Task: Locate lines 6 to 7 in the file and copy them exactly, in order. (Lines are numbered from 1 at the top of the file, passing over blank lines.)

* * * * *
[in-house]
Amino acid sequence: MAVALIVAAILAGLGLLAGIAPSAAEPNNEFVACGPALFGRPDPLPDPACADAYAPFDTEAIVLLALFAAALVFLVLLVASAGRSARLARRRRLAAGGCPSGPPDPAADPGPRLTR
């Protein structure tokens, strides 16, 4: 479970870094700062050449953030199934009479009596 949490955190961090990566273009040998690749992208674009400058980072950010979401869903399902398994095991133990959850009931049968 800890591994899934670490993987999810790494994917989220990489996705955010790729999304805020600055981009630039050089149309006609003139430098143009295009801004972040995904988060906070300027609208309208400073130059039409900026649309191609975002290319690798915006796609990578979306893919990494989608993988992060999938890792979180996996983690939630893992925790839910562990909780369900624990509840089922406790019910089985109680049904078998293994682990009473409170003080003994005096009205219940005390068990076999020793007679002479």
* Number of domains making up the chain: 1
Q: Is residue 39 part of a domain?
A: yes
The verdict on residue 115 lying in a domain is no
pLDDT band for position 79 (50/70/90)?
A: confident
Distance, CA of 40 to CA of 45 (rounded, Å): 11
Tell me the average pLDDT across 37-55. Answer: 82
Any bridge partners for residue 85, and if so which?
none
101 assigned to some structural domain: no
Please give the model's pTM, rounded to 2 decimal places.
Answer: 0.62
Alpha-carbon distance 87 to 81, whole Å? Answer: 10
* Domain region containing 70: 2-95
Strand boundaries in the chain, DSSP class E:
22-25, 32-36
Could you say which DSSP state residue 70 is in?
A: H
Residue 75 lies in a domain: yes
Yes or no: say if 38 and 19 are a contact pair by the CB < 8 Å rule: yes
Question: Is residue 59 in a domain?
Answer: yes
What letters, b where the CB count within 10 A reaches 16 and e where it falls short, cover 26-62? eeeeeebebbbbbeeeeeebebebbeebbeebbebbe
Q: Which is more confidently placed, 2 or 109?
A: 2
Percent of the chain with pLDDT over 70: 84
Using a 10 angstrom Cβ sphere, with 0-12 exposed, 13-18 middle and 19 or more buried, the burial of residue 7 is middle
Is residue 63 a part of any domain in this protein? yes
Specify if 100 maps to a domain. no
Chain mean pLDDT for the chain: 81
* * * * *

A: yes
The verdict on residue 115 lying in a domain is no